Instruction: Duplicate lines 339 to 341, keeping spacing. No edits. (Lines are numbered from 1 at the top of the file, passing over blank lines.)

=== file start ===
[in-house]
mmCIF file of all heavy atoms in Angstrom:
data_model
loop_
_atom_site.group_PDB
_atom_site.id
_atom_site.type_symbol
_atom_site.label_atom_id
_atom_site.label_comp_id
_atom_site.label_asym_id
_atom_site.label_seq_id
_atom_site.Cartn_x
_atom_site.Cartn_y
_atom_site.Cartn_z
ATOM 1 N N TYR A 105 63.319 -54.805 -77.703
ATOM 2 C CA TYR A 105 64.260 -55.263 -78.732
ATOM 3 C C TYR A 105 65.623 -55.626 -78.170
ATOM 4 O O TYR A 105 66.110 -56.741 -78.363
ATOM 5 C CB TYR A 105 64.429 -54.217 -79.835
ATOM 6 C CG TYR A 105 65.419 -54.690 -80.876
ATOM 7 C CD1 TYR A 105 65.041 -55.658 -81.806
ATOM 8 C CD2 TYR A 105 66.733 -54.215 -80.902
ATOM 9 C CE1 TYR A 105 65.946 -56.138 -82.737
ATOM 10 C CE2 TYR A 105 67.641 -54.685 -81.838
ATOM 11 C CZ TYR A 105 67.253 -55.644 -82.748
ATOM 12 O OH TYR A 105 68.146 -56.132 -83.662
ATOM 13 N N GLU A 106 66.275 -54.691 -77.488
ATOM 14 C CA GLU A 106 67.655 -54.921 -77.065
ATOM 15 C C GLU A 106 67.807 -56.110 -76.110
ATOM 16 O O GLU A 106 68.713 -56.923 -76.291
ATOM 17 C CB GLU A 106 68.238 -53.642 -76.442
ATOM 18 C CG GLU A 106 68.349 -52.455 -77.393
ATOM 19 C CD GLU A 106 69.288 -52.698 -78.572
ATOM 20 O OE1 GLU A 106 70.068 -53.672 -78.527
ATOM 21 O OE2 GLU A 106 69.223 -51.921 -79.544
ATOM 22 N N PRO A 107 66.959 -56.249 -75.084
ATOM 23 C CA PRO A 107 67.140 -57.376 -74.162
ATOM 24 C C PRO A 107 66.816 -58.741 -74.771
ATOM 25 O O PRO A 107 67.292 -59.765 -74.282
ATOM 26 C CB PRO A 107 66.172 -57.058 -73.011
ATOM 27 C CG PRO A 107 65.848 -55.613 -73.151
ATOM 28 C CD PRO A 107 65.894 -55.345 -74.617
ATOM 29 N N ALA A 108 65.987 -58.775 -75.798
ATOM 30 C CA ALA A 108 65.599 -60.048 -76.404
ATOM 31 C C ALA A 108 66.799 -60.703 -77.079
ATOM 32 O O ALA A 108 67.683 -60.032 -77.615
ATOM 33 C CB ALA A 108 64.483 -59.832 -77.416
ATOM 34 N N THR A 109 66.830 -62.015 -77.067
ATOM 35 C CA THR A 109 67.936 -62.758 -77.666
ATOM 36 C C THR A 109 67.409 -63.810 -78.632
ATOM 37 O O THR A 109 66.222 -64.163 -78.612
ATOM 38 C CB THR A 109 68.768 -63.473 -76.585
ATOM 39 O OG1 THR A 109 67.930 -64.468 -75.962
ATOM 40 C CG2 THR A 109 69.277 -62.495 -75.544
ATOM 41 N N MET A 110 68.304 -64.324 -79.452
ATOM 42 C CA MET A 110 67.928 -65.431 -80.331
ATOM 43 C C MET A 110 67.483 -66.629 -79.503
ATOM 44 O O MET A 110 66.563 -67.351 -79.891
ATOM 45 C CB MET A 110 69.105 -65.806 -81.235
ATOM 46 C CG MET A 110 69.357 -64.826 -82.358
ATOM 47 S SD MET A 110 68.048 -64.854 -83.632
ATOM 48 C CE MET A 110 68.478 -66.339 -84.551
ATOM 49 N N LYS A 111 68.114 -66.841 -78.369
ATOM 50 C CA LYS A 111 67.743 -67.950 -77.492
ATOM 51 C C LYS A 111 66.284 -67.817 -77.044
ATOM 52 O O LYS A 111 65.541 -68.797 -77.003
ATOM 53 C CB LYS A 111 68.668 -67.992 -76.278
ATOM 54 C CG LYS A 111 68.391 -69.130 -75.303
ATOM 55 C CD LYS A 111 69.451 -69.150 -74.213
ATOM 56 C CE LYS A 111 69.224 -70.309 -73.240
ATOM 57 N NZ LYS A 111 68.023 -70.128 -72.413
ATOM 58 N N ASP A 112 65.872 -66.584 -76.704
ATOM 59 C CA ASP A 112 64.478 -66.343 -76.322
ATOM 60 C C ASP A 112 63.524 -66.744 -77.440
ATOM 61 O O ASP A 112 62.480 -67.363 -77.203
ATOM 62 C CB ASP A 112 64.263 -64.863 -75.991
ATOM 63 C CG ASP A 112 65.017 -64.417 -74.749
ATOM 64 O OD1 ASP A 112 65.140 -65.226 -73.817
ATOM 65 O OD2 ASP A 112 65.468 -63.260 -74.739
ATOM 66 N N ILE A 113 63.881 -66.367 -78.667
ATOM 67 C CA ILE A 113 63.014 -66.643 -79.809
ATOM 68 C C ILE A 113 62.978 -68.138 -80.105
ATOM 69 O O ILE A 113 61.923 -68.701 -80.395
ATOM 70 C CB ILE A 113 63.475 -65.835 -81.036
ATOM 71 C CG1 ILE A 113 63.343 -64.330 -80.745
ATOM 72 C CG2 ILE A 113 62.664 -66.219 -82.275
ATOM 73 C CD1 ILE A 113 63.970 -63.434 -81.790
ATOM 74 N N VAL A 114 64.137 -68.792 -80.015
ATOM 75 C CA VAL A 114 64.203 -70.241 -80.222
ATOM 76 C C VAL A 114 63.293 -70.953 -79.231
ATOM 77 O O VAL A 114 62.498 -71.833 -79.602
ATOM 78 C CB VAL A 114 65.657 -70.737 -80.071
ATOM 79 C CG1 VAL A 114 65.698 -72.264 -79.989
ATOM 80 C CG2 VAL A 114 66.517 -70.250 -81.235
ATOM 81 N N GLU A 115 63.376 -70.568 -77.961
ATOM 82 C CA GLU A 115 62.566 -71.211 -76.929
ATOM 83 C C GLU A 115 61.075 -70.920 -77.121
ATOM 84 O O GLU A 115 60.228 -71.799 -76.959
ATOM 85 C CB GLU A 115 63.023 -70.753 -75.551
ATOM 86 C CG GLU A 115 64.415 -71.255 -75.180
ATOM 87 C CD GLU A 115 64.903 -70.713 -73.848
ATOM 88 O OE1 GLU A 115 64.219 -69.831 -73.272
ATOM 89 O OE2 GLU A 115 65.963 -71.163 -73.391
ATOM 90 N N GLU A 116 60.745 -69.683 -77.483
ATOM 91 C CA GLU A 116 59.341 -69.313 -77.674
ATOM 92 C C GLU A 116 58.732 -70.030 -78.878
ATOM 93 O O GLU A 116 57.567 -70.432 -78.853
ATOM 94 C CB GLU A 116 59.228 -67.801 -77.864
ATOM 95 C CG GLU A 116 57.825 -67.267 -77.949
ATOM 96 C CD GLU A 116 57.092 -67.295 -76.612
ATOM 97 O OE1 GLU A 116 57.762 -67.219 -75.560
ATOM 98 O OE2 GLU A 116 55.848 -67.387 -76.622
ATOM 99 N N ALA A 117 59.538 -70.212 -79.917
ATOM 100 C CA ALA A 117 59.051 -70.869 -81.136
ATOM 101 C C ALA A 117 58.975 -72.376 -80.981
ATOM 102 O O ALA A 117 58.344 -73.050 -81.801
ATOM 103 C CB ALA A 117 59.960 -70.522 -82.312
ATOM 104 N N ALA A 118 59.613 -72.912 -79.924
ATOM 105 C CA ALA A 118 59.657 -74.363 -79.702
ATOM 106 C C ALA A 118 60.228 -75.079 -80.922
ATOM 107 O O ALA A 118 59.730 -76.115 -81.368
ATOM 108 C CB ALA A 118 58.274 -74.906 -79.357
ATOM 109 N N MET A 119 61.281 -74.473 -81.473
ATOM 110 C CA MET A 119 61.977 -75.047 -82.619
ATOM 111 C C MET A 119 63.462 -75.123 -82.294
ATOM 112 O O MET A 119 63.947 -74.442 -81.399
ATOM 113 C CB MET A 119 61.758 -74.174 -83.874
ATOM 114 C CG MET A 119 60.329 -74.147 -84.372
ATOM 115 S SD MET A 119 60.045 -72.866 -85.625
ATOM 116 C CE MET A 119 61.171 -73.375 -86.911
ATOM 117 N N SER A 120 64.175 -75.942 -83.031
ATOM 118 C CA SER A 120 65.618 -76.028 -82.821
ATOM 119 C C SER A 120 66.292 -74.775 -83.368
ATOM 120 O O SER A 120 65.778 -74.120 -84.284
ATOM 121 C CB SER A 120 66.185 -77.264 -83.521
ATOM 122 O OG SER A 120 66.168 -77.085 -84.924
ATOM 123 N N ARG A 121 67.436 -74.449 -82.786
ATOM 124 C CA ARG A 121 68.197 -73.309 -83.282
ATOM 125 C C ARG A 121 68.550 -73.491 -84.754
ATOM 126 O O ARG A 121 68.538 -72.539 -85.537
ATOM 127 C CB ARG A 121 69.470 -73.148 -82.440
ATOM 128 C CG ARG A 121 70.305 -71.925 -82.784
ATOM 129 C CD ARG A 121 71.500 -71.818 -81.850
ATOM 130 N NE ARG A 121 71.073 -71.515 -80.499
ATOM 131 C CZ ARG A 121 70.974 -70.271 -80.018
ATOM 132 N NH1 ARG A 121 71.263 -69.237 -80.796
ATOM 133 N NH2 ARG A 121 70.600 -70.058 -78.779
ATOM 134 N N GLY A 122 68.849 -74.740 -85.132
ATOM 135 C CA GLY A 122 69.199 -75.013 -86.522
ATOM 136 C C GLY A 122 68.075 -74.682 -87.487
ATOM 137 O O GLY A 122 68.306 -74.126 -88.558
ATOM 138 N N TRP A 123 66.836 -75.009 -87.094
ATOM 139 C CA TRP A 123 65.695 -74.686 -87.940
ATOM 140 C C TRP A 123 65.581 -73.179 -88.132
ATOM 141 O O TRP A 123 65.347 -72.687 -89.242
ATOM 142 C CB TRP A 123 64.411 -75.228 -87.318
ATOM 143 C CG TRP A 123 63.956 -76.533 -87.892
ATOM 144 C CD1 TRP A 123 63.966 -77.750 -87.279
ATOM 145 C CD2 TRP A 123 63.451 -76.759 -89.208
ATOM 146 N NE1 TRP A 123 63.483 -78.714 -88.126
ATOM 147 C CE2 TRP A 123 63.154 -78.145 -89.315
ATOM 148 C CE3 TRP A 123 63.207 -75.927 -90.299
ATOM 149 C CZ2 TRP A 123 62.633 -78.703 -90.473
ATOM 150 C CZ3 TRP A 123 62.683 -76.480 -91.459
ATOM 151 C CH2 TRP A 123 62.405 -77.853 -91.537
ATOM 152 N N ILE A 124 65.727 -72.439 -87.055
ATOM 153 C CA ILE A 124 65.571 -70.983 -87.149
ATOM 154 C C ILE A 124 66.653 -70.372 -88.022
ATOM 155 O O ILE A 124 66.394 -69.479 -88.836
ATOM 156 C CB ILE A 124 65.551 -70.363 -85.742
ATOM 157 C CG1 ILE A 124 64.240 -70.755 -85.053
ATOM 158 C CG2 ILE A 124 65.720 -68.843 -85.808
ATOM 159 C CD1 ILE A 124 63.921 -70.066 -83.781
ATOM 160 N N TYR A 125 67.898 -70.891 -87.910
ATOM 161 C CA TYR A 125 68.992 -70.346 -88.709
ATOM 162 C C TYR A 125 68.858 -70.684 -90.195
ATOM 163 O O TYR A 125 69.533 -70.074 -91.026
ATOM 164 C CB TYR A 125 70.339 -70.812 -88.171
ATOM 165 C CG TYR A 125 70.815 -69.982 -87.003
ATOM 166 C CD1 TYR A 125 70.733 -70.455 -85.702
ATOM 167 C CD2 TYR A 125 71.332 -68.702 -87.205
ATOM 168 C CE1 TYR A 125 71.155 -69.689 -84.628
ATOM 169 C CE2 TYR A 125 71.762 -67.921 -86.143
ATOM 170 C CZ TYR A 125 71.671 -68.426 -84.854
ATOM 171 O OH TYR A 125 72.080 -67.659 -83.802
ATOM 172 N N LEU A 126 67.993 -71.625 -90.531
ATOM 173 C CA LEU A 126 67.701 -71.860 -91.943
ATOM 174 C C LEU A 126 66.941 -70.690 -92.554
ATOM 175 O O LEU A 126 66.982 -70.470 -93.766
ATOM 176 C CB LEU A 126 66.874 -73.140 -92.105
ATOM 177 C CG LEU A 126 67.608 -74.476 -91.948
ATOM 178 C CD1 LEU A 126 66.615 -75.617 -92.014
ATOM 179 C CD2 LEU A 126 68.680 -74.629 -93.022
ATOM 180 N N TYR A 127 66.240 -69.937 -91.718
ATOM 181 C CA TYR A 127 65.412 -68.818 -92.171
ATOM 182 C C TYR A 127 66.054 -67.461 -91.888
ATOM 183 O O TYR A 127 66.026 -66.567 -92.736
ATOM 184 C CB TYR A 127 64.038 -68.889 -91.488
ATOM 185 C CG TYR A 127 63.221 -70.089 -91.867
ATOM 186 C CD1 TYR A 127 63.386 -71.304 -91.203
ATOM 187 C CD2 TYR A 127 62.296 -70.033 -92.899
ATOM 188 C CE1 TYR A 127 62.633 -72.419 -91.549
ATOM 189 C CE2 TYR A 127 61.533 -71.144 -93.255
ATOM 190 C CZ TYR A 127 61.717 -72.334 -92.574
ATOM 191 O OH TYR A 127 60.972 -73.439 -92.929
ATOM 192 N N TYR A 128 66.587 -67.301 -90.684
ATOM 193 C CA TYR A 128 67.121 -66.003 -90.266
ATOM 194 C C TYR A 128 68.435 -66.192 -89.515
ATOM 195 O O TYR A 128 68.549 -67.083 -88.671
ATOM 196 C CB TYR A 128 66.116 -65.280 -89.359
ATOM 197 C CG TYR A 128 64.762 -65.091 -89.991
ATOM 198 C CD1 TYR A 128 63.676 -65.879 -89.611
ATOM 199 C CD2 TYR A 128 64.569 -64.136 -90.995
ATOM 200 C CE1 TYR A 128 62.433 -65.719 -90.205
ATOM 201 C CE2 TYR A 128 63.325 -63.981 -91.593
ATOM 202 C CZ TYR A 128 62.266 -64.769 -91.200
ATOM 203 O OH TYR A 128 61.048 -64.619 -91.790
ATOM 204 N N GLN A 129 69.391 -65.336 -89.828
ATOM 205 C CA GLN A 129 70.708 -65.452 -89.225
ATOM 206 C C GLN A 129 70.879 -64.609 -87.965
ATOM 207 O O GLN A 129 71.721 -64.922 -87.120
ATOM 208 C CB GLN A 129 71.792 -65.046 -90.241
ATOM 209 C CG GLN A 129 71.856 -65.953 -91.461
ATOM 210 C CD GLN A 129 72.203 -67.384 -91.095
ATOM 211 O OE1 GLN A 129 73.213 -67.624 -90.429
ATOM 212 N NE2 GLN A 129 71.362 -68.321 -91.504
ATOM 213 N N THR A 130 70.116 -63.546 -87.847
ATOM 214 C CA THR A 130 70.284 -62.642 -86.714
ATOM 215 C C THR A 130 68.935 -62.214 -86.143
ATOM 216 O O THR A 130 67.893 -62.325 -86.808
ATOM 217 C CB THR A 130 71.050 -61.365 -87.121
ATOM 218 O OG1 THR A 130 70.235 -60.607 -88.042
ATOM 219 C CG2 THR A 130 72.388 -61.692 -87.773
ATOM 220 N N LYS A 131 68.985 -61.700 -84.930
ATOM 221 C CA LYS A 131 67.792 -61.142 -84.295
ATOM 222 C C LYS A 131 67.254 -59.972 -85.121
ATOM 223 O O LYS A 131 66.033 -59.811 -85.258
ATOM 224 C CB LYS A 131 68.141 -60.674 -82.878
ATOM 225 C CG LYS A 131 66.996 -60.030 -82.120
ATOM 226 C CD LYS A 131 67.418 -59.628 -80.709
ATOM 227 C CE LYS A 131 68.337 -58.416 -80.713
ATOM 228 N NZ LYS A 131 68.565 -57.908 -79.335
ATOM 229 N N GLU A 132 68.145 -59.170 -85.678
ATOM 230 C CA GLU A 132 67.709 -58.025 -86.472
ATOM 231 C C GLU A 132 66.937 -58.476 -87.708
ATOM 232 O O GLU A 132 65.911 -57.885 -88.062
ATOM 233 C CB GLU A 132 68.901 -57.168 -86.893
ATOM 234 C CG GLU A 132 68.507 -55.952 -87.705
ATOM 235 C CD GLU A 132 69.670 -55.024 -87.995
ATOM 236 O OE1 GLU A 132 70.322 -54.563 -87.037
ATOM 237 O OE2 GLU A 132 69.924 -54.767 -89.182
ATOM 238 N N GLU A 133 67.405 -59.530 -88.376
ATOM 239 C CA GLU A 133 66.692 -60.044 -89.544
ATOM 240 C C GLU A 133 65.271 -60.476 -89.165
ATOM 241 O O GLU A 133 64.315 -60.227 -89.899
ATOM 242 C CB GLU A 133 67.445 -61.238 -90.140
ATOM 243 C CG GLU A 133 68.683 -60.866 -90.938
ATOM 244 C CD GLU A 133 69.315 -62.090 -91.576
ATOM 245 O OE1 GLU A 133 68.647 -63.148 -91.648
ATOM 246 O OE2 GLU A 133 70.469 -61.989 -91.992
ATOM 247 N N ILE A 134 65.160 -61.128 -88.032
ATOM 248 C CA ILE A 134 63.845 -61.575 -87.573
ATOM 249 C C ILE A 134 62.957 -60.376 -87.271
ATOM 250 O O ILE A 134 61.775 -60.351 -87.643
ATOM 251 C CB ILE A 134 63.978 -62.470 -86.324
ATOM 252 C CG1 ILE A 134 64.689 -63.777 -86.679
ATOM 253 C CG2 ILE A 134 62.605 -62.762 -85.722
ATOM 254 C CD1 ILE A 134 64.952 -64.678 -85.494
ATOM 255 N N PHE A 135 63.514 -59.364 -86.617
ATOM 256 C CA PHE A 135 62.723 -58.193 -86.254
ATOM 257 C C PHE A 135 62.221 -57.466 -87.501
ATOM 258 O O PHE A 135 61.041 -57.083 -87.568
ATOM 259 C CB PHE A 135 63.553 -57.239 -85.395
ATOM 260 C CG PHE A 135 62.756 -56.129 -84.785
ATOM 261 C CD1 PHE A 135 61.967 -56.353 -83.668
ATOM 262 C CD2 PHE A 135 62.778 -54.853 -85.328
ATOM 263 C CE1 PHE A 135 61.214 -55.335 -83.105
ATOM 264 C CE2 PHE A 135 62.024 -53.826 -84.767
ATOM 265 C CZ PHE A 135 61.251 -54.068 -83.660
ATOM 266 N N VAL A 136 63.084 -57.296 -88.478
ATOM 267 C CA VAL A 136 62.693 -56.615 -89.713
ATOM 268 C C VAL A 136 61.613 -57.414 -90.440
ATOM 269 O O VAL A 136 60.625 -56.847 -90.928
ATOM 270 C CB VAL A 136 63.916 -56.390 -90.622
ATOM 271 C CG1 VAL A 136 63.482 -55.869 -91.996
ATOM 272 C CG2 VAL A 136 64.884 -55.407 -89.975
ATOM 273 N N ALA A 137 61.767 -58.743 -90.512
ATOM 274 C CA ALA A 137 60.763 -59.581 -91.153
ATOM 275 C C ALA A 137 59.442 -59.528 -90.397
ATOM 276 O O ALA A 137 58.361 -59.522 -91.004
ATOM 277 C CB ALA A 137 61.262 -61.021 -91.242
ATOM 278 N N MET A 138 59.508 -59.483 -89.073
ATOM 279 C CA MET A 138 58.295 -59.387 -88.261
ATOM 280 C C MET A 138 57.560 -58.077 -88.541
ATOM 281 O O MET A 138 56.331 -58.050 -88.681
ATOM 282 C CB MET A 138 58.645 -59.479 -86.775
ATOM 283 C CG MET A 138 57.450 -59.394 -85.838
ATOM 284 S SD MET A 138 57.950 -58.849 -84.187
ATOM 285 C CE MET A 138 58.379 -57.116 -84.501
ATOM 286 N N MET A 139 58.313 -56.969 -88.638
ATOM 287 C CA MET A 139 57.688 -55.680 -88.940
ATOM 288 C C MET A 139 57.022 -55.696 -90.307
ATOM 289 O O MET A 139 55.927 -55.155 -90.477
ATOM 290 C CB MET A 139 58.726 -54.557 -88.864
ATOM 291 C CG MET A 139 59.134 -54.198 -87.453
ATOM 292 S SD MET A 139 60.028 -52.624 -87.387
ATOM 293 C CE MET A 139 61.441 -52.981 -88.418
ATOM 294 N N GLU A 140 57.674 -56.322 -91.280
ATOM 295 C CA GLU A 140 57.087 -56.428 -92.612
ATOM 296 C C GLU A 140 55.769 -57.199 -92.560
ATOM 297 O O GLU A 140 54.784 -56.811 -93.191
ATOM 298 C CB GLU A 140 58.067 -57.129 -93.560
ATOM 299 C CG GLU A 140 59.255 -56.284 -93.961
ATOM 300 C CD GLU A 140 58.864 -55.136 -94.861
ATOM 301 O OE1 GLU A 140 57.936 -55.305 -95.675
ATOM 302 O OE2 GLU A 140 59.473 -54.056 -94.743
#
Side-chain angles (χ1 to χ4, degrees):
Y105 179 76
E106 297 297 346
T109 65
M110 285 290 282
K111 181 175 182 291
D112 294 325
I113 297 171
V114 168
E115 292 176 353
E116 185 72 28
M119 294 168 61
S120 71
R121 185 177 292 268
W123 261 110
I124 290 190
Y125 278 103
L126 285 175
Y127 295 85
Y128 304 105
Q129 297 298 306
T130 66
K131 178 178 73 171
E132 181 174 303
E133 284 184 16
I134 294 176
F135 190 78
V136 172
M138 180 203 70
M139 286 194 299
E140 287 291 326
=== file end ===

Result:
T130 66
K131 178 178 73 171
E132 181 174 303